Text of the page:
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Inside the Art and Animation of Super Neptunia RPG, Out June 25

Hi everyone! I’m Julien Bourgeois, co-founder and Game Director of Artisan Studios in Canada. We are a passionate group of developers who love JRPGs and have played them for many years now. We really wanted to be part of this incredible world of adventures, so we were thrilled when we got the opportunity to collaborate with Idea Factory and Compile Heart in Japan to co-develop Super Neptunia RPG which releases in North America on June 25 and across Europe on June 28!

Super Neptunia RPG is a side-scrolling RPG starring Neptune, our self-aware and self-proclaimed heroine who can fully explore the 2D environments with her impressive platforming skills. There are no random encounters. Instead, enemies roam around the map, so when Neptune bumps into them, the game transitions into an Active Time battle system with rotating characters and gorgeous animations. The series has been around since the days of PS3 and is perhaps most well-known for its references to other video games and allegories for the industry as a whole.

It was challenging for us was to translate this rich universe into a 2D game, so we’d like to share how we developed the background art and 2D animations in Super Neptunia RPG and what it was like to collaborate internationally.

There are several steps we have to take to make sure that our work is manageable yet also faithful to the artist’s vision, so we had to explain our animation process, techniques and limitations to Compile Heart. First, we determine a base pose (usually the character’s idle state) and make all the other possible poses based on that. All new poses require rough animation research and validation to make sure the movement fit the characters’ personality. Once we’ve figured that out, we can start cutting and drawing additional needed parts. The rest is hard work and magic!

We use a mix of cut-out animation, traditional frame-by-frame animation and tools that help blend these different animations together. It’s a process we’ve been working on for years and trying to improve on every new game we do. It’s a very long and detailed process where you have to cut the character’s parts, attach them to a skeleton and animate it all together in a coherent way. We even assigned characters based on the personality of our animators so life could be given to each of the characters in a more natural way.

We made a fun test with Neptune and another character, Noire, and gave them some crazy movements, but then we figured that we needed more information in order to stay true to their personalities. Compile Heart provided us detailed guidelines on each part of the characters’ design: clothes, hair, face, and animation limitations. Animations are done by hand Instead of using physics, so we have to find clever ways to simulate movements. There were plenty of bones and controllers on the characters, sometimes used specifically for a single pose. Our challenge was to find a balance between each character’s design constraints and avoiding the feeling of a paper-cut style that might feel “flat.”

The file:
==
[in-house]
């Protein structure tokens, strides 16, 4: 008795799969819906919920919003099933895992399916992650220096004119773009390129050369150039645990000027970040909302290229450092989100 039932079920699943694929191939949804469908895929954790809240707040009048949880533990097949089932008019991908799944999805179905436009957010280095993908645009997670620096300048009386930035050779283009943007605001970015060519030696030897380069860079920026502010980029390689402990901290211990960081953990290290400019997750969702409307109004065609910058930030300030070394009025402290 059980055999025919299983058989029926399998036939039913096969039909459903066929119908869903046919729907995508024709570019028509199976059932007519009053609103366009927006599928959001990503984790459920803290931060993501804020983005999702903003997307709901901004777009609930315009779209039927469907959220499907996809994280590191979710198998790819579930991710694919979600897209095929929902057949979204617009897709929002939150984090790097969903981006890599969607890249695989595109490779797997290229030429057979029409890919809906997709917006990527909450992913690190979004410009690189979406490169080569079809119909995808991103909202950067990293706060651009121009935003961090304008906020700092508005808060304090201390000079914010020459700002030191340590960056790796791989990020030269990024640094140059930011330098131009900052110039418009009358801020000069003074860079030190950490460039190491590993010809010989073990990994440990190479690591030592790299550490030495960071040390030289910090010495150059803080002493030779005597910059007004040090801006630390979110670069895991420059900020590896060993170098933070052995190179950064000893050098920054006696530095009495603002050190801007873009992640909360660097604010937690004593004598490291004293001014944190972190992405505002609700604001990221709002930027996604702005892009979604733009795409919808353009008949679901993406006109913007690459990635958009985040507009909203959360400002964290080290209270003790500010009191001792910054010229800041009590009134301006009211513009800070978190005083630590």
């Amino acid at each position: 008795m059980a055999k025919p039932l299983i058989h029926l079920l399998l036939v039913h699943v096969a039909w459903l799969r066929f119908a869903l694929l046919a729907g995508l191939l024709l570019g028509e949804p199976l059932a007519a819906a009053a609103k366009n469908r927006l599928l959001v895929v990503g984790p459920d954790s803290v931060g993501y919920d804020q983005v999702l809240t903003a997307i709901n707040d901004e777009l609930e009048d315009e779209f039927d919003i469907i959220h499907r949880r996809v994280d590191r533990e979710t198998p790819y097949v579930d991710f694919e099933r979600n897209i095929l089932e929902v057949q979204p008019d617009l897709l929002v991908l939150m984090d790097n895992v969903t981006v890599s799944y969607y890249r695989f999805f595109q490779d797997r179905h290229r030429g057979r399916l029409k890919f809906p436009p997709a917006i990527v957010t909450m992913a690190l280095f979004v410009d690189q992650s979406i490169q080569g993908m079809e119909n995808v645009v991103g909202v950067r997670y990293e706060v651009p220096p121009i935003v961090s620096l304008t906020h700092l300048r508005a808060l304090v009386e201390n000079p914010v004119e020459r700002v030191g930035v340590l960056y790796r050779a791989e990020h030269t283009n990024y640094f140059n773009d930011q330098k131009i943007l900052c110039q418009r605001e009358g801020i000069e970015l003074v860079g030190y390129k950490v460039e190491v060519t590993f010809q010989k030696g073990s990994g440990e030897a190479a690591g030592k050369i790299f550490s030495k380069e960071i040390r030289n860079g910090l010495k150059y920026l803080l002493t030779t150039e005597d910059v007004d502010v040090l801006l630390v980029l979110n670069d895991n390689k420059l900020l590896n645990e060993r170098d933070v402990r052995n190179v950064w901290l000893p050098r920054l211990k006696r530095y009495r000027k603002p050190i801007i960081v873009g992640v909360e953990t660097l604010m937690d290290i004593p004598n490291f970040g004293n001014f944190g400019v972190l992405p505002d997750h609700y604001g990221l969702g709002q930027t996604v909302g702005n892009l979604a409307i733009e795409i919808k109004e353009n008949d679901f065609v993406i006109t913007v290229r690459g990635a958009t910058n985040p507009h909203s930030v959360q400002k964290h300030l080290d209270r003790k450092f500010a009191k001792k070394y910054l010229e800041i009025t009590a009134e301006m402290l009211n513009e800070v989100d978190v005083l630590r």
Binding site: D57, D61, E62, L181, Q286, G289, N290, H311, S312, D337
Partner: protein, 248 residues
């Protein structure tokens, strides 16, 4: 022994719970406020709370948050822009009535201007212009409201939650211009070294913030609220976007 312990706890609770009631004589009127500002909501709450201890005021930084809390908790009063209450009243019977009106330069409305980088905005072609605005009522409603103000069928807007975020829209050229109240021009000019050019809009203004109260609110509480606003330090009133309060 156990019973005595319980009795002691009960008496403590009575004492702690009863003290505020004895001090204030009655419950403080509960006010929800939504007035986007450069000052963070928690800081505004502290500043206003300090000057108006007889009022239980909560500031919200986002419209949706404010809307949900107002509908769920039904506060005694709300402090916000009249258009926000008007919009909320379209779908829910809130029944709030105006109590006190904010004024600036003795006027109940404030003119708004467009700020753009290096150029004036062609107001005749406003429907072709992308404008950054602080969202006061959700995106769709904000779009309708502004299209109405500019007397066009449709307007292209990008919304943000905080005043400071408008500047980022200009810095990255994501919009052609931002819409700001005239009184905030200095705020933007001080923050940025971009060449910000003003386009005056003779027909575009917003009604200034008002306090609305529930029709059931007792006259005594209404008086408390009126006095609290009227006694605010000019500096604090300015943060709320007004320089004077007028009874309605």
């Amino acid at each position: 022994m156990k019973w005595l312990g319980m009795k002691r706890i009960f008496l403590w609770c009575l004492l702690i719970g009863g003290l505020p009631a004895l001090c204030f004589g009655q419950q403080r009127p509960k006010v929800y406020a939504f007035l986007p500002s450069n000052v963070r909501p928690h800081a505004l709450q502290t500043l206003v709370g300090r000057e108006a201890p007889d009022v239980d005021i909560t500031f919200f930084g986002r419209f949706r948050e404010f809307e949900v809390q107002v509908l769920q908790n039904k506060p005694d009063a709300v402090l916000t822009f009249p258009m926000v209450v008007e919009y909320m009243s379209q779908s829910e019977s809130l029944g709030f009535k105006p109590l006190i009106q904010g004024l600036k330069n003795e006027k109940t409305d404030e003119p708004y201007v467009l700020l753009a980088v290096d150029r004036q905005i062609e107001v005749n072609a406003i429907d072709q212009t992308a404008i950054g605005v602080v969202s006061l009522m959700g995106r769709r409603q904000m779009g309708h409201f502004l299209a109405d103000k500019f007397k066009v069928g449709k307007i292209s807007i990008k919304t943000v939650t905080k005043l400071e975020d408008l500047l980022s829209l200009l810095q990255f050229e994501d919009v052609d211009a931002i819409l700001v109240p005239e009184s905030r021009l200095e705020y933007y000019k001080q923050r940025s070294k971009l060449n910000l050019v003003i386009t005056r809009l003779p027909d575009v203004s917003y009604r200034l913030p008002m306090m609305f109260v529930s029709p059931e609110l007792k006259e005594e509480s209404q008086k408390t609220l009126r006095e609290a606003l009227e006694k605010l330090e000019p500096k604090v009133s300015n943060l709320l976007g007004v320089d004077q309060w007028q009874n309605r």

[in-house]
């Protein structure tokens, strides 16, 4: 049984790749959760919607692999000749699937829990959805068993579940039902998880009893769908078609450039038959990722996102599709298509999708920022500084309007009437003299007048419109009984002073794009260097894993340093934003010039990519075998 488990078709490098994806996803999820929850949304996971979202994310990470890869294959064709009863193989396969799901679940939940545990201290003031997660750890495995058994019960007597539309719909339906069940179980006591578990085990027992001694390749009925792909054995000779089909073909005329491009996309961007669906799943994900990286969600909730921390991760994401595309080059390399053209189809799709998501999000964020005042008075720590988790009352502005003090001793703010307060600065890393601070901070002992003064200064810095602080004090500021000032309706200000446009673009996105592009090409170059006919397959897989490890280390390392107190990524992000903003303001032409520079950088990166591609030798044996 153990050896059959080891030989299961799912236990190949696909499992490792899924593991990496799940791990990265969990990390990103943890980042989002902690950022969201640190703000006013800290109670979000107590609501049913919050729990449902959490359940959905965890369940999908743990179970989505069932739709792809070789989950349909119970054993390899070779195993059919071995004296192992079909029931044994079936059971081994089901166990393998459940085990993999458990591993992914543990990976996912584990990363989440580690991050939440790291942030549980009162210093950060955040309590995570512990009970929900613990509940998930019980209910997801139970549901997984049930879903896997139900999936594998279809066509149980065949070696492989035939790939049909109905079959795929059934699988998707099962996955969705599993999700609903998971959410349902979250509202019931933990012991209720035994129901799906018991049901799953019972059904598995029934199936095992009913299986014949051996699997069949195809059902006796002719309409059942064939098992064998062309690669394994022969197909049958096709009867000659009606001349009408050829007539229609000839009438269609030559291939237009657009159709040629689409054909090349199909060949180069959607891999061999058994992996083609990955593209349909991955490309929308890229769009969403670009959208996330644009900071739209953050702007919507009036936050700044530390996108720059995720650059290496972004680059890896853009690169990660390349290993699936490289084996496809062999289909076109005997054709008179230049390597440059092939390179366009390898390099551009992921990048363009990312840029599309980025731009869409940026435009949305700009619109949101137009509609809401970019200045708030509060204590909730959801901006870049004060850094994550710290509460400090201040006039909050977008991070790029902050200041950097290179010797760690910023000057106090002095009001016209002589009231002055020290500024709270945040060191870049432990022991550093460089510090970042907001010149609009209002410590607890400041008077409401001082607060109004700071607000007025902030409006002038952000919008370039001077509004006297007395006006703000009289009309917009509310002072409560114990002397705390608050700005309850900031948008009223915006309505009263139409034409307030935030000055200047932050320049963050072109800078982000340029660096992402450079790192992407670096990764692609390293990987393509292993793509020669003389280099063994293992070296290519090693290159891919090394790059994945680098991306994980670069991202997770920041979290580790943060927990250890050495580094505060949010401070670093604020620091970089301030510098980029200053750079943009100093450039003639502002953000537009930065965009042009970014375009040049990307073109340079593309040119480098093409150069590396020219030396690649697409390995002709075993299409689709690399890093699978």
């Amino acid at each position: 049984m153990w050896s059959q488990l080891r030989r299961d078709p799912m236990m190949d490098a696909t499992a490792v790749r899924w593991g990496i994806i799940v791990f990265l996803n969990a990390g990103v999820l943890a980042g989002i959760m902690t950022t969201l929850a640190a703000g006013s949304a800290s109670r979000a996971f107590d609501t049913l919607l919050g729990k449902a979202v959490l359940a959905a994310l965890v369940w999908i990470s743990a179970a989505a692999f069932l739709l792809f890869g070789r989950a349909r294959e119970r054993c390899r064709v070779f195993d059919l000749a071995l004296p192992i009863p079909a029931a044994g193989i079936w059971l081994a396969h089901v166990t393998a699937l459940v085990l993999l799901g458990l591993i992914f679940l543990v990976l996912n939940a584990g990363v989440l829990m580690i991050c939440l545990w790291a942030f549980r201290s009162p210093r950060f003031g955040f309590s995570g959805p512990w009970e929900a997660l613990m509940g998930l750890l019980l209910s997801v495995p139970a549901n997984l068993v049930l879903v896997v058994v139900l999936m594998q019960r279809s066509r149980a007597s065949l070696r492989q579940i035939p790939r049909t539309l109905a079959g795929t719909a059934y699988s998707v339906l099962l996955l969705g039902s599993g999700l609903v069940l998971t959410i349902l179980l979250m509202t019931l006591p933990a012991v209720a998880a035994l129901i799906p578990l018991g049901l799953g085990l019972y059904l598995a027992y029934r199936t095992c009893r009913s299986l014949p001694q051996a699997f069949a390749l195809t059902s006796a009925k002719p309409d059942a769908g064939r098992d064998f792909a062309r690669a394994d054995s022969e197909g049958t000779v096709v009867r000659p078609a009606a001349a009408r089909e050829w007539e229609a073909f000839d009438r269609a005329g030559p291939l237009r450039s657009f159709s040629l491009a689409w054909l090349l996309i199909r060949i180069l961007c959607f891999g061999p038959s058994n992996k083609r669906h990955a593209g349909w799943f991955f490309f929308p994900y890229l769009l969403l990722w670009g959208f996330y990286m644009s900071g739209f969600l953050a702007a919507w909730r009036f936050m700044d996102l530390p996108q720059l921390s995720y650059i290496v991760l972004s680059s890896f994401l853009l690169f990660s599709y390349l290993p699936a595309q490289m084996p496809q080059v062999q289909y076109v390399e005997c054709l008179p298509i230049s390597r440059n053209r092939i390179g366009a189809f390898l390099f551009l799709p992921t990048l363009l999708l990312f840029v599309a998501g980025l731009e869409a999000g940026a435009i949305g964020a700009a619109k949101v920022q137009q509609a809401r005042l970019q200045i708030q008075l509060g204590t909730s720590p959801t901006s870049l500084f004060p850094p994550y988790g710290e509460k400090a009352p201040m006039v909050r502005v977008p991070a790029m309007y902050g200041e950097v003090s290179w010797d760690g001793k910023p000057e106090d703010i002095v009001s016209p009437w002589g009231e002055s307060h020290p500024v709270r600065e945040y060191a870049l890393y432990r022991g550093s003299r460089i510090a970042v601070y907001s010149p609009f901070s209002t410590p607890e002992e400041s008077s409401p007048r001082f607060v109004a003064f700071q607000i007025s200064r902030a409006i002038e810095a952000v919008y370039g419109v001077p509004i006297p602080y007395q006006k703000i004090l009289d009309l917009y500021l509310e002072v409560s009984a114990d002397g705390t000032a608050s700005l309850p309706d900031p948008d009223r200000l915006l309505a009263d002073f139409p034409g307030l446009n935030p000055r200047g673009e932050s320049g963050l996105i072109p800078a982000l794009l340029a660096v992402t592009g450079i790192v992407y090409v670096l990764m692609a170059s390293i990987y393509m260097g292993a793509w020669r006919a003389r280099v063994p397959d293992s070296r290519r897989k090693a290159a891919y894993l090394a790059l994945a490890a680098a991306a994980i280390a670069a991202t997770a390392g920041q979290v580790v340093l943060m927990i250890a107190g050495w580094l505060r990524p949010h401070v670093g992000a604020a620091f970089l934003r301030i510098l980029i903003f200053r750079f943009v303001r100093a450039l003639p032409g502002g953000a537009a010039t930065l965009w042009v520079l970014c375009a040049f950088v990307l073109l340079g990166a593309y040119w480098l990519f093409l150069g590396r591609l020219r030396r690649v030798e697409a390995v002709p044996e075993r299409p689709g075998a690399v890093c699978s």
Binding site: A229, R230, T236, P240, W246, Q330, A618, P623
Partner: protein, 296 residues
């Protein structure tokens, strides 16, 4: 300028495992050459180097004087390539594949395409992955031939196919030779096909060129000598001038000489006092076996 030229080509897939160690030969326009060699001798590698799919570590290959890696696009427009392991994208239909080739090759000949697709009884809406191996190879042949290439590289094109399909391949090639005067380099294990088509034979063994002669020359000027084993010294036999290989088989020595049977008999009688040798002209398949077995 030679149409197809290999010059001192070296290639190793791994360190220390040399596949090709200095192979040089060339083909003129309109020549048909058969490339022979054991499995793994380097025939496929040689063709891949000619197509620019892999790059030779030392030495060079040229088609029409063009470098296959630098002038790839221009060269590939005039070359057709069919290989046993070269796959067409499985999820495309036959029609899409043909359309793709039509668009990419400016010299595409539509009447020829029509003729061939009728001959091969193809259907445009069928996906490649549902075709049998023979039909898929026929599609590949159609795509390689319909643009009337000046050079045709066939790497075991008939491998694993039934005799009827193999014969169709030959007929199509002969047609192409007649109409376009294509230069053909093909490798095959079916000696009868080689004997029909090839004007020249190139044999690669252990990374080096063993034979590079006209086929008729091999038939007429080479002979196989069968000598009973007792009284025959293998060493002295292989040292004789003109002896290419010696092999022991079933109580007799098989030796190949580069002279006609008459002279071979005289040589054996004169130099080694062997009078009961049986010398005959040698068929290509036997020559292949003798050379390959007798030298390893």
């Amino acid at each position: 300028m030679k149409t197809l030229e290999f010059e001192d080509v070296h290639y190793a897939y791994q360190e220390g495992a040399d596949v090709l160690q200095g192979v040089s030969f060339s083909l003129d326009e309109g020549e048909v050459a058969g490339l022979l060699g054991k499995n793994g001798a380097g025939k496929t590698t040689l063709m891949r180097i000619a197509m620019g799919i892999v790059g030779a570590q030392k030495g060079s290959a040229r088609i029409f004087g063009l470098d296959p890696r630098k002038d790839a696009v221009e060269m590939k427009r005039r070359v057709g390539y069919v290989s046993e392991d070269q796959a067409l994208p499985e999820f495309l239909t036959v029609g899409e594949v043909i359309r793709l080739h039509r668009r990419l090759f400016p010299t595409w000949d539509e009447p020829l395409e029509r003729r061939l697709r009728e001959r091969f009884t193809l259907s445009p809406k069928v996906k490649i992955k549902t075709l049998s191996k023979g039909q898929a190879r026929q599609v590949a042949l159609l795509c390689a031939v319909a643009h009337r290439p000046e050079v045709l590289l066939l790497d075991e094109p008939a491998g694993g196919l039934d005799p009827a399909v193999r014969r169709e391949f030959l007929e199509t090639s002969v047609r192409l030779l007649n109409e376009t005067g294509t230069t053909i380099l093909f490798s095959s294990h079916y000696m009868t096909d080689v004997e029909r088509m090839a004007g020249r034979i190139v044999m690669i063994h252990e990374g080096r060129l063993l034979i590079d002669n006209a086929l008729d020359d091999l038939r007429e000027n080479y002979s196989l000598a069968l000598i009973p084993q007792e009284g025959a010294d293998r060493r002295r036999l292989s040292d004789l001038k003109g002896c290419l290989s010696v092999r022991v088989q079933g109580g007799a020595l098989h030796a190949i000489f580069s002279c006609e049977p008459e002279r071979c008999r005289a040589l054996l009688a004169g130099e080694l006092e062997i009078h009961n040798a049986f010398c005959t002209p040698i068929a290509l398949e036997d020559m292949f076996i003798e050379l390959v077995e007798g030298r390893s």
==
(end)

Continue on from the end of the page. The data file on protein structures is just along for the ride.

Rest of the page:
We also listened to the characters’ voices so we could match the emotions given by the actors. For example, we had to show joy and spontaneity for Neptune, so her animations are more exaggerated than others (she has more than 30 unique face animations in the game). We had to create a new solution to handle that many different expressions on a character’s face and to implement them in our engine.

Aside from character animations themselves, we also consider the background to be another type of ‘character’ in the game. When creating backgrounds, you want to tell a story for each town. We use parallax to simulate depth in our 2D environment. This involves elements of the foreground scrolling at a different speed from elements in the background. Design-wise, Idea Factory laid the groundwork for us to give personality to each city. As every city references a certain gaming console/brand, the artists could use specific elements known by the players to shape the cities. For example, Lastation (the city that represents Sony’s gaming platforms), incorporates shapes from PS2 and PS3, colors from the PlayStation logo and all kinds of small elements that reference the PlayStation brand. We could also use the characters (Noire in case of Lastation) to make it consistent with the city she’s representing. We applied the same process for the four cities. It was really interesting and fun to take inspirations from objects that have nothing to do with a city in the first place.

In general, it takes between 10 to 15 days for one artist to create all the elements for one level, so a lot of time went into each area! Implementing the art into the game was a joint effort between the art team and the level designers to make sure it felt satisfying from both a gameplay and visual standpoint. It required a lot of back and forth between the two teams to adjust the placements of the visuals on one hand and to draw additional elements on the other.

There’s a lot of heart, love and effort in Super Neptunia RPG. We loved working on it and we hope it shows. Existing fans will be pleased with the storyline and the new characters but you don’t need any knowledge of the previous games to understand or enjoy it, so it’s a great starting point for new players too! Take your time so you can discover all the nice things to do regarding quests, NPCs, ultra-powerful weapons and skills. But to find them you need to look carefully into the environments for potential hints on hidden secrets. I really hope everyone enjoys the game when it releases on June 25 in North America and June 28 in Europe!

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